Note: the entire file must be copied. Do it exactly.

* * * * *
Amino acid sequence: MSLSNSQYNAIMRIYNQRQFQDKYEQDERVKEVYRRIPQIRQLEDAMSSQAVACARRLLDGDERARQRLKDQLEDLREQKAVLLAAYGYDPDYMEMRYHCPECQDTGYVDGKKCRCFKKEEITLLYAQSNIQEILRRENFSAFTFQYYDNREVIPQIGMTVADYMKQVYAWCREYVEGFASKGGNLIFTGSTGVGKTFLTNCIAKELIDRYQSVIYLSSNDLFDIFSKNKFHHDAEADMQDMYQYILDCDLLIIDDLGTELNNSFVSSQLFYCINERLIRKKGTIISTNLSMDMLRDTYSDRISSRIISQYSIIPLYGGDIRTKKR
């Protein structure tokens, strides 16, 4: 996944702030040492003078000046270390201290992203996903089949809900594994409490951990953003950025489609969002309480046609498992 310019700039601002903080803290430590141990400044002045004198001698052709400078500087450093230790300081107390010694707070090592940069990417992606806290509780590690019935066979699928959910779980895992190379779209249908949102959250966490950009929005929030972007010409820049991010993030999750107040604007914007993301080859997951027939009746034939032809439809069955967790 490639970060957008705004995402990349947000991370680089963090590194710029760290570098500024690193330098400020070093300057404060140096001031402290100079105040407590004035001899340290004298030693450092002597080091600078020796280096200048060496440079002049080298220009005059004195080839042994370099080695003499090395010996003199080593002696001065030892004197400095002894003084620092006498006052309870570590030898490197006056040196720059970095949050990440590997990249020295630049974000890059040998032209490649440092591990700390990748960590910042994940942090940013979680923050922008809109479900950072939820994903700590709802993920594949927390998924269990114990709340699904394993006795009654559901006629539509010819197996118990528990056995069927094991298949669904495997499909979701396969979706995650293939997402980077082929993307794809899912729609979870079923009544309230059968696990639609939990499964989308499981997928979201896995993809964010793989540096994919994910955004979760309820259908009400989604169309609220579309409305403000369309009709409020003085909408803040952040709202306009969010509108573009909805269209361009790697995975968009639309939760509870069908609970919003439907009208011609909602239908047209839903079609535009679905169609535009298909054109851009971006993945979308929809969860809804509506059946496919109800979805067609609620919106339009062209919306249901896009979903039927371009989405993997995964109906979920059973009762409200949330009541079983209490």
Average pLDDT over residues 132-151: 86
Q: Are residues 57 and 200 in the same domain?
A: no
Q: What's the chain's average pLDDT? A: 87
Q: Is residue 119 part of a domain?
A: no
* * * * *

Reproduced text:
Amino acid sequence: MSLSNSQYNAIMRIYNQRQFQDKYEQDERVKEVYRRIPQIRQLEDAMSSQAVACARRLLDGDERARQRLKDQLEDLREQKAVLLAAYGYDPDYMEMRYHCPECQDTGYVDGKKCRCFKKEEITLLYAQSNIQEILRRENFSAFTFQYYDNREVIPQIGMTVADYMKQVYAWCREYVEGFASKGGNLIFTGSTGVGKTFLTNCIAKELIDRYQSVIYLSSNDLFDIFSKNKFHHDAEADMQDMYQYILDCDLLIIDDLGTELNNSFVSSQLFYCINERLIRKKGTIISTNLSMDMLRDTYSDRISSRIISQYSIIPLYGGDIRTKKR
């Protein structure tokens, strides 16, 4: 996944702030040492003078000046270390201290992203996903089949809900594994409490951990953003950025489609969002309480046609498992 310019700039601002903080803290430590141990400044002045004198001698052709400078500087450093230790300081107390010694707070090592940069990417992606806290509780590690019935066979699928959910779980895992190379779209249908949102959250966490950009929005929030972007010409820049991010993030999750107040604007914007993301080859997951027939009746034939032809439809069955967790 490639970060957008705004995402990349947000991370680089963090590194710029760290570098500024690193330098400020070093300057404060140096001031402290100079105040407590004035001899340290004298030693450092002597080091600078020796280096200048060496440079002049080298220009005059004195080839042994370099080695003499090395010996003199080593002696001065030892004197400095002894003084620092006498006052309870570590030898490197006056040196720059970095949050990440590997990249020295630049974000890059040998032209490649440092591990700390990748960590910042994940942090940013979680923050922008809109479900950072939820994903700590709802993920594949927390998924269990114990709340699904394993006795009654559901006629539509010819197996118990528990056995069927094991298949669904495997499909979701396969979706995650293939997402980077082929993307794809899912729609979870079923009544309230059968696990639609939990499964989308499981997928979201896995993809964010793989540096994919994910955004979760309820259908009400989604169309609220579309409305403000369309009709409020003085909408803040952040709202306009969010509108573009909805269209361009790697995975968009639309939760509870069908609970919003439907009208011609909602239908047209839903079609535009679905169609535009298909054109851009971006993945979308929809969860809804509506059946496919109800979805067609609620919106339009062209919306249901896009979903039927371009989405993997995964109906979920059973009762409200949330009541079983209490």
Average pLDDT over residues 132-151: 86
Q: Are residues 57 and 200 in the same domain?
A: no
Q: What's the chain's average pLDDT? A: 87
Q: Is residue 119 part of a domain?
A: no